By JOSEPH B. WHITE
Staff Reporter of THE WALL STREET JOURNAL
DEARBORN, Mich. -- Ford Motor Co. Chief Executive Officer Jacques
Nasser said he expects U.S. vehicle sales in 2001 to ease to about 16.5
million vehicles, but he expressed confidence Ford will weather the
slowdown in good shape.
Ford last week issued a warning that its
fourth-quarter profit would be about 75 cents a
share, or 10 cents below previous Wall Street
forecasts. Mr. Nasser wouldn't comment on
projections for the first quarter or all of 2001.
Analysts are projecting earnings of 84 cents a
share for the quarter and $3.39 a share for the
year, according to a survey by First Call/Thomson
Mr. Nasser said the economy appears to be heading
for a soft landing after a series of Federal Reserve
rate increases. "For our industry, it's soft, but it's
sudden," he said. "Many companies were surprised
and were left with unusually high inventories," he said.
The slowdown in the U.S. vehicle-sales pace from annualized levels close
to 19 million vehicles earlier this year happened "very quickly," Mr.
Nasser said. Auto makers had to rapidly overhaul production plans
geared to higher volumes.
"We should be able to adjust quickly and align
production with demand," he said. Actions Ford
has taken to slow production should be "what's
needed if the market doesn't deteriorate any
further," he said.
But Mr. Nasser said he is optimistic that Ford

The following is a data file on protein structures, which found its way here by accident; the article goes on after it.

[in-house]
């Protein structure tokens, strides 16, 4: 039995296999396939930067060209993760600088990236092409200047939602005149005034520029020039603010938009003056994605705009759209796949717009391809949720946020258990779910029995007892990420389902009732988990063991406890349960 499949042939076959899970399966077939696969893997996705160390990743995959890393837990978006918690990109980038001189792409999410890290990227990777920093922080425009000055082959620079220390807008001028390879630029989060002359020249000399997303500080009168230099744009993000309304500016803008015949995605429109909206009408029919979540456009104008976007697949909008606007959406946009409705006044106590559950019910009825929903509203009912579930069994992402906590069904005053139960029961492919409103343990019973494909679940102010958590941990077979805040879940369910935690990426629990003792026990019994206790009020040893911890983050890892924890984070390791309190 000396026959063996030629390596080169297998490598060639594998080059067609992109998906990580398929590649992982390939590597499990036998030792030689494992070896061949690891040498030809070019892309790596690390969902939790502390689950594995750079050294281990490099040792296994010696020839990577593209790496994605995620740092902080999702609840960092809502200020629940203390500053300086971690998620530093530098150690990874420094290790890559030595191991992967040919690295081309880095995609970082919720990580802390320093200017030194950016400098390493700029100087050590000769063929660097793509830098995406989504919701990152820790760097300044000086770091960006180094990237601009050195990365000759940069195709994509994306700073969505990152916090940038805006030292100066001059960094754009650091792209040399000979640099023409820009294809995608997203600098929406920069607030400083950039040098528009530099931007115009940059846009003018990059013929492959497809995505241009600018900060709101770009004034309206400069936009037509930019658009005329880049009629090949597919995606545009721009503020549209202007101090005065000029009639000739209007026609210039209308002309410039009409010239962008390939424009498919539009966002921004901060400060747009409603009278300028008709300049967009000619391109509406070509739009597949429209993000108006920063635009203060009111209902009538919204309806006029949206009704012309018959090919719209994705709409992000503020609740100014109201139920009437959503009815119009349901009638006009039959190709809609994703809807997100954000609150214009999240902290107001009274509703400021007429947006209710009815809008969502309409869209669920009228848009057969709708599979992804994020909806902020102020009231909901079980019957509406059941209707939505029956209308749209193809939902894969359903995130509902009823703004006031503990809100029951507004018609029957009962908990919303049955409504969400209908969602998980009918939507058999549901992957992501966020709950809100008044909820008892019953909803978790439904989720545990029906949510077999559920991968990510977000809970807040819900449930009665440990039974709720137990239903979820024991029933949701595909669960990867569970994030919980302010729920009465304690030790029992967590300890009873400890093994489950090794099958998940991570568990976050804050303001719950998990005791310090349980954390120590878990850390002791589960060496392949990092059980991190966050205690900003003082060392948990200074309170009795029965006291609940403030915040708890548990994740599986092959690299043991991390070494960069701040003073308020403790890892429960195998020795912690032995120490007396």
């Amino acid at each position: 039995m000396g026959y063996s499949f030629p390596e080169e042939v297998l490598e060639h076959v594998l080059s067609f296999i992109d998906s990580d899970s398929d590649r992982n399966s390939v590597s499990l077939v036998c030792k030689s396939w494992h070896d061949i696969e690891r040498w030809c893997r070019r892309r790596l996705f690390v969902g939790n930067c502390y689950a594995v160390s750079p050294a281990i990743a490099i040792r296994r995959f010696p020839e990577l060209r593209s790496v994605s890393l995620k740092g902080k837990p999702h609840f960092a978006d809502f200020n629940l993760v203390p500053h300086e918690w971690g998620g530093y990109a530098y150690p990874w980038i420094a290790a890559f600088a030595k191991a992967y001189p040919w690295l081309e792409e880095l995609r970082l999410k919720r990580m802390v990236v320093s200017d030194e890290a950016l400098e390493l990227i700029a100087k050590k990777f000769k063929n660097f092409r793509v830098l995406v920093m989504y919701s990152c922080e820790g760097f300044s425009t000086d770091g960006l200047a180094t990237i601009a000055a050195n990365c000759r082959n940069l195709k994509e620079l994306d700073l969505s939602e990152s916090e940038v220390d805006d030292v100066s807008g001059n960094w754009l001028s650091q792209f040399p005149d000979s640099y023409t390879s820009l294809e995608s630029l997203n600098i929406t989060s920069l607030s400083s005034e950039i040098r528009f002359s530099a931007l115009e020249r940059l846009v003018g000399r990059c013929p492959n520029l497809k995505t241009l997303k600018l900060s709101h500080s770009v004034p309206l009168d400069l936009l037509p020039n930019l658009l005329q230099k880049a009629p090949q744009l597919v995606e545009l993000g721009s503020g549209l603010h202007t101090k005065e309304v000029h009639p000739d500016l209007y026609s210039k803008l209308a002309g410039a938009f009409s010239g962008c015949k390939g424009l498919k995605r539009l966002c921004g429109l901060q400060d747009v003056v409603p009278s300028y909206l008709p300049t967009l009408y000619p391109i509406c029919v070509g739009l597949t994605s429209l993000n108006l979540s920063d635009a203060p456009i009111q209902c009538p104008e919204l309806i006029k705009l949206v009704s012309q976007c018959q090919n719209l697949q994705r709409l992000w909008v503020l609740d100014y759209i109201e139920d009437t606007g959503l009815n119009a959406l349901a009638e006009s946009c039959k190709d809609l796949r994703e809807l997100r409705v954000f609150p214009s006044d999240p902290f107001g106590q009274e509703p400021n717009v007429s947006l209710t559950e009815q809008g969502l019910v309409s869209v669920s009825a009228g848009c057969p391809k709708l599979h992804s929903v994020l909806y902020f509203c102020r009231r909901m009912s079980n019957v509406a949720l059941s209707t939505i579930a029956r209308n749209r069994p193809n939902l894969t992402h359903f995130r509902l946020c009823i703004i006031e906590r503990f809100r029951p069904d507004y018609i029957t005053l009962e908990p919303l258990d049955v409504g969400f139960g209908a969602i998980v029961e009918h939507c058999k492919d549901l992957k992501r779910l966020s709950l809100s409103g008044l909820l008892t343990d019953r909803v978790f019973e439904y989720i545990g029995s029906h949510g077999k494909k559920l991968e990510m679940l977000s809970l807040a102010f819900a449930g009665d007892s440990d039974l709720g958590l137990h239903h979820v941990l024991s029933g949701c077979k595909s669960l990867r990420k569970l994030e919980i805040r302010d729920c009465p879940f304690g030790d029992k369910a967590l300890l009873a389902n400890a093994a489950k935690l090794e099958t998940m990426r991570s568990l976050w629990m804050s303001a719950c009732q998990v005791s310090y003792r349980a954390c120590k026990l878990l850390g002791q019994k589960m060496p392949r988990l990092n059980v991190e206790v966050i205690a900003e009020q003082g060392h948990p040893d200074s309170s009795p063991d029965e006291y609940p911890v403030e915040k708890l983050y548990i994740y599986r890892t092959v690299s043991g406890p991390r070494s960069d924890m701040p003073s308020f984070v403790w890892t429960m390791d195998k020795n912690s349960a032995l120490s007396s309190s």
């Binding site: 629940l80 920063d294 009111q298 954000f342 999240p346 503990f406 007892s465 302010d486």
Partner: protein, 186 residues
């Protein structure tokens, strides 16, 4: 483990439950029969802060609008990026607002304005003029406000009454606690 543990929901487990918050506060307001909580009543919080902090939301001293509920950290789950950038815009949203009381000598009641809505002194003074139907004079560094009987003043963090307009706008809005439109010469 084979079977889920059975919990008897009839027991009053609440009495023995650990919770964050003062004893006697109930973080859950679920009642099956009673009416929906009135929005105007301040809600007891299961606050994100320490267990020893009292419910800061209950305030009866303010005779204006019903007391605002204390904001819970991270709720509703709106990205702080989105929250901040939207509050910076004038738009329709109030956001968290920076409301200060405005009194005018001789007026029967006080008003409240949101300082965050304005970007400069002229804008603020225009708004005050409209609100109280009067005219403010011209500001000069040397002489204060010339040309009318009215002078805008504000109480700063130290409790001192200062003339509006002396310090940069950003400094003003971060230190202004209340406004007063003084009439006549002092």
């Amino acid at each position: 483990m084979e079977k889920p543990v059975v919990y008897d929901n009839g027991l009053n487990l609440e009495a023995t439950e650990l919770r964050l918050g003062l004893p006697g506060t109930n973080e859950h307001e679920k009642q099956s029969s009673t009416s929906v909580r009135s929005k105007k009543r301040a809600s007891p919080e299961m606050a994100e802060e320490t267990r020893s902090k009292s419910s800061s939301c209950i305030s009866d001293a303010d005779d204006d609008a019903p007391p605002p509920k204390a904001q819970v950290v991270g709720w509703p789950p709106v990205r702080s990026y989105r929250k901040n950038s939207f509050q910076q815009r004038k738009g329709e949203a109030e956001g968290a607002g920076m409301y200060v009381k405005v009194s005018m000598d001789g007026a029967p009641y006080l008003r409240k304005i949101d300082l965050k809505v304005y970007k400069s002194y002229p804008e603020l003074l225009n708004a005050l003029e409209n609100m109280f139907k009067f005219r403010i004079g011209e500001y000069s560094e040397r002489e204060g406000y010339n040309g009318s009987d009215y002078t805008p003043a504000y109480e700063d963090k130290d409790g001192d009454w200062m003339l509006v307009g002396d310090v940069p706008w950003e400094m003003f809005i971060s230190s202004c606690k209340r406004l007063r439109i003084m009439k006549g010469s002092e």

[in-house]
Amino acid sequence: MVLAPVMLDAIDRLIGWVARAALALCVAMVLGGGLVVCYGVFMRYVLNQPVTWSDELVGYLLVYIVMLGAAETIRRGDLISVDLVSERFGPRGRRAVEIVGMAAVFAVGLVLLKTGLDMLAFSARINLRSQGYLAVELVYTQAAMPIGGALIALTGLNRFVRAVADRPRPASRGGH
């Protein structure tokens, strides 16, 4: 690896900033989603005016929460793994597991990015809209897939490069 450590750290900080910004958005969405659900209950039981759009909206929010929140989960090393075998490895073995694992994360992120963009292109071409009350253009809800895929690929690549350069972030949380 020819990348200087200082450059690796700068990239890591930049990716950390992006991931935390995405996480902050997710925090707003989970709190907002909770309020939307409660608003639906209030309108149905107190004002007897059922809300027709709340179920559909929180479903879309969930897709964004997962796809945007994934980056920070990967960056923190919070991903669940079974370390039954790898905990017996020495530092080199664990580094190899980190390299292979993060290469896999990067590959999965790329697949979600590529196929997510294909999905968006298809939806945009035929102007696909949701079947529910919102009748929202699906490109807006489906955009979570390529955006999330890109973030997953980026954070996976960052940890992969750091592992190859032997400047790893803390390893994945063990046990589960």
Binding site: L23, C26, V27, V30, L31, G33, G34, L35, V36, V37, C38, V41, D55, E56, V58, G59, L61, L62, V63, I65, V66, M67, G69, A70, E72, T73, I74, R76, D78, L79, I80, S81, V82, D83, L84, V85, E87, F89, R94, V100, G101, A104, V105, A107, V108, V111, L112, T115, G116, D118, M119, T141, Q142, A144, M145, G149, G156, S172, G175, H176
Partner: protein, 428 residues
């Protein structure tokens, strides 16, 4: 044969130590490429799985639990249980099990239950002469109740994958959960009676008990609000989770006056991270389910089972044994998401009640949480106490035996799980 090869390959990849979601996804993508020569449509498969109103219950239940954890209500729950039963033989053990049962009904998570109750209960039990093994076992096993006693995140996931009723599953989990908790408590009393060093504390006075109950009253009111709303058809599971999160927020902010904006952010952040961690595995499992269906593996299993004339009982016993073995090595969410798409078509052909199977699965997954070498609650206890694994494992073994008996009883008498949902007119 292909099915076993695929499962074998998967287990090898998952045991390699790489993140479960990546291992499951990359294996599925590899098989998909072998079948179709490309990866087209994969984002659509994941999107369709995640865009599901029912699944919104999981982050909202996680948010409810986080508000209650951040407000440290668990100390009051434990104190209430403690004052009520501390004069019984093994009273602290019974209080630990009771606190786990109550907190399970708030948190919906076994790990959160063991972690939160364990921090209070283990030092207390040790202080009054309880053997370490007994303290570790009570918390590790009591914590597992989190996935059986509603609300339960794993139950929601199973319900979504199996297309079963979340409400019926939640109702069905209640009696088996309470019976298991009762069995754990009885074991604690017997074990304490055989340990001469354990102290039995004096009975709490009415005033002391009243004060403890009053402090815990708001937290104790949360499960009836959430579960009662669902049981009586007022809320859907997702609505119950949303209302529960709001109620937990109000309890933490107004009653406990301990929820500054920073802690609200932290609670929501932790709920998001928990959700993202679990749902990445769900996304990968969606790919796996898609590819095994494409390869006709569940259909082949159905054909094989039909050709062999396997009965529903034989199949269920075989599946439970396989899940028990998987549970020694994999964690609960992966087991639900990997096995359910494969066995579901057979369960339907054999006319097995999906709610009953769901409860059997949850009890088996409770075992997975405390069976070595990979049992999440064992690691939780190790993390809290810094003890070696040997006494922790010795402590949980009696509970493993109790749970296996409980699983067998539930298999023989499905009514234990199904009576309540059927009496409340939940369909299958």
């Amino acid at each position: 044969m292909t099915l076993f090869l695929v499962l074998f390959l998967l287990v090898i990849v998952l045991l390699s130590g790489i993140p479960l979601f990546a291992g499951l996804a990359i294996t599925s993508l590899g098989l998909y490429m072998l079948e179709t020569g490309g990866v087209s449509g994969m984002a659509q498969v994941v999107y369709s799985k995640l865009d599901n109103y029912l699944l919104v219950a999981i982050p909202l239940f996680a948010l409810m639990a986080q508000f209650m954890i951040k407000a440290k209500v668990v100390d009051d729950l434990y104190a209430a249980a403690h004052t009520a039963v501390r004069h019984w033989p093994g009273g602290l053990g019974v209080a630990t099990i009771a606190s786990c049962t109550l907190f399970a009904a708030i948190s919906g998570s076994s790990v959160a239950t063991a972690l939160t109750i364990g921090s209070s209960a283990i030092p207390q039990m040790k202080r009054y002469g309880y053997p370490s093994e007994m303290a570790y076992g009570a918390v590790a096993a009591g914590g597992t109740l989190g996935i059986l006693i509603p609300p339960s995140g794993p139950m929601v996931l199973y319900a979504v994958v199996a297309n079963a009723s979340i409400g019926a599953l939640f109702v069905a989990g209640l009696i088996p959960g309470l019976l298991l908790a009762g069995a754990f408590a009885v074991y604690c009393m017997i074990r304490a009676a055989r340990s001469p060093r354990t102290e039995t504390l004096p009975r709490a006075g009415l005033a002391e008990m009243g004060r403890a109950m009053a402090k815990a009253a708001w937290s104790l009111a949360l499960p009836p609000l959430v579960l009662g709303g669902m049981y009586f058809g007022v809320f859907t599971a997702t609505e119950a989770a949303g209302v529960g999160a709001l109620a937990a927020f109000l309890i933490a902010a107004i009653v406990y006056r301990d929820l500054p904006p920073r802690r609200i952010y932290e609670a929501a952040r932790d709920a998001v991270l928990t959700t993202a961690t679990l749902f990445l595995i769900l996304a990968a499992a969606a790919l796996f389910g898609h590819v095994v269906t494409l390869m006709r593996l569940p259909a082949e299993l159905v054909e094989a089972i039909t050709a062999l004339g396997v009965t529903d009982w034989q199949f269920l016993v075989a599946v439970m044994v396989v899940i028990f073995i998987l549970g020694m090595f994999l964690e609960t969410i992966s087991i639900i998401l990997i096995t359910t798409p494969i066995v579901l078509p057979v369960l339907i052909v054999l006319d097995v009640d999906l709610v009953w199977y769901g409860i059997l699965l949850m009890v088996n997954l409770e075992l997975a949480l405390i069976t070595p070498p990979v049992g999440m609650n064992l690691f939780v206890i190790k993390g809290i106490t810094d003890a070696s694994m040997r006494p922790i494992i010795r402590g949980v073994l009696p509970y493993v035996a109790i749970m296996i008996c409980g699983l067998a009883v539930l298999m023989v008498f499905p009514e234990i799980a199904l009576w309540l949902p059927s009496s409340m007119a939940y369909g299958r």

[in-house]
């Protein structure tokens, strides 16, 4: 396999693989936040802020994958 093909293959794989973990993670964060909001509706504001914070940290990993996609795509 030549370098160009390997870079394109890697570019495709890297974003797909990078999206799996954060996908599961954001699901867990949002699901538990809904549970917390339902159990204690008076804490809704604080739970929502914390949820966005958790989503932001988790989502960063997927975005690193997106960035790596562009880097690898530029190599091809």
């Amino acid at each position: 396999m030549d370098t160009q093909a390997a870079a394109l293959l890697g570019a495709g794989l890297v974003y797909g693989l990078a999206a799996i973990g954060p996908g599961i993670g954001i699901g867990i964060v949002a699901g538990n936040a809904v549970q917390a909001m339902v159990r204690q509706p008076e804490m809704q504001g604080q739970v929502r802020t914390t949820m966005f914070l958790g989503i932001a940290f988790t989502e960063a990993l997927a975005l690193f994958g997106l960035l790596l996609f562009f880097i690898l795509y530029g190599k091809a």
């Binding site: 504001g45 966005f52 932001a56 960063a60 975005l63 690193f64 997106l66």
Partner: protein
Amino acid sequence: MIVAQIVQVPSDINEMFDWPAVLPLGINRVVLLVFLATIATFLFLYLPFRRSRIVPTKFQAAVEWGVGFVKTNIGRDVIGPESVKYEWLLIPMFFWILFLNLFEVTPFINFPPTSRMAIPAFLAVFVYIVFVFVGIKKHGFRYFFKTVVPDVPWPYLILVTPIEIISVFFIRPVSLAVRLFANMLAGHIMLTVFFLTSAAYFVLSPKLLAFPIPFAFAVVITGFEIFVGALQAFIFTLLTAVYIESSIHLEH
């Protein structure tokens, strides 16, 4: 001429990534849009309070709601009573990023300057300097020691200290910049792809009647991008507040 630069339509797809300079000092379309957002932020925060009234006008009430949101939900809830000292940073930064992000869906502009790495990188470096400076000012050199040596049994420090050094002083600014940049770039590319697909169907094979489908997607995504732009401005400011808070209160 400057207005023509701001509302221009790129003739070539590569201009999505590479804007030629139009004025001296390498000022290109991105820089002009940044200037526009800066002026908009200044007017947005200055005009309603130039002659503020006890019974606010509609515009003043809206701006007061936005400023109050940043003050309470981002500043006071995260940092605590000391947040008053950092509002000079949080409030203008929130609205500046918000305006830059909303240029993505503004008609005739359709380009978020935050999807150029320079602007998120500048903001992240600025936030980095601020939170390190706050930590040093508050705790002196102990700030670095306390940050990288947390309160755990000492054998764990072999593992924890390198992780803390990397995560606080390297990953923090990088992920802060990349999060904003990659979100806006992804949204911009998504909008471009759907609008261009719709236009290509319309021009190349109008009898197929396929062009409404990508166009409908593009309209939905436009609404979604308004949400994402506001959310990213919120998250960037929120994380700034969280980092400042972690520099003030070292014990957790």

will weather the slowdown well. He said several
new products are due to hit the market this
year, including a new Ford Explorer sport-utility
vehicle, the Escape compact SUV, and the
Jaguar X-Type entry-level luxury car.
"There's very little that can substitute for strong products," he said.
"The weak suffer first. We've got the strongest brands, and they're
diverse in demographics and appeal."
In addition, Mr. Nasser said Ford will be slowing factories from speeds
excess of rated capacity to a more normal pace. That could help Ford by
giving suppliers and factory workers more time to attack problems that
have hampered the launch of some key Ford vehicles, notably the new
Escape, he said. The slowdown "gives us an opportunity to take some
tension out of the system," Mr. Nasser said.
Mr. Nasser added that Ford will look for ways to cut costs further, but
he declined to outline specific new actions, noting that Ford has cut
operating costs significantly during the past several years.
"I see opportunities in every area of the business: costs, investment,
revenue growth," he said. "I wouldn't look at it as a need only to reduce
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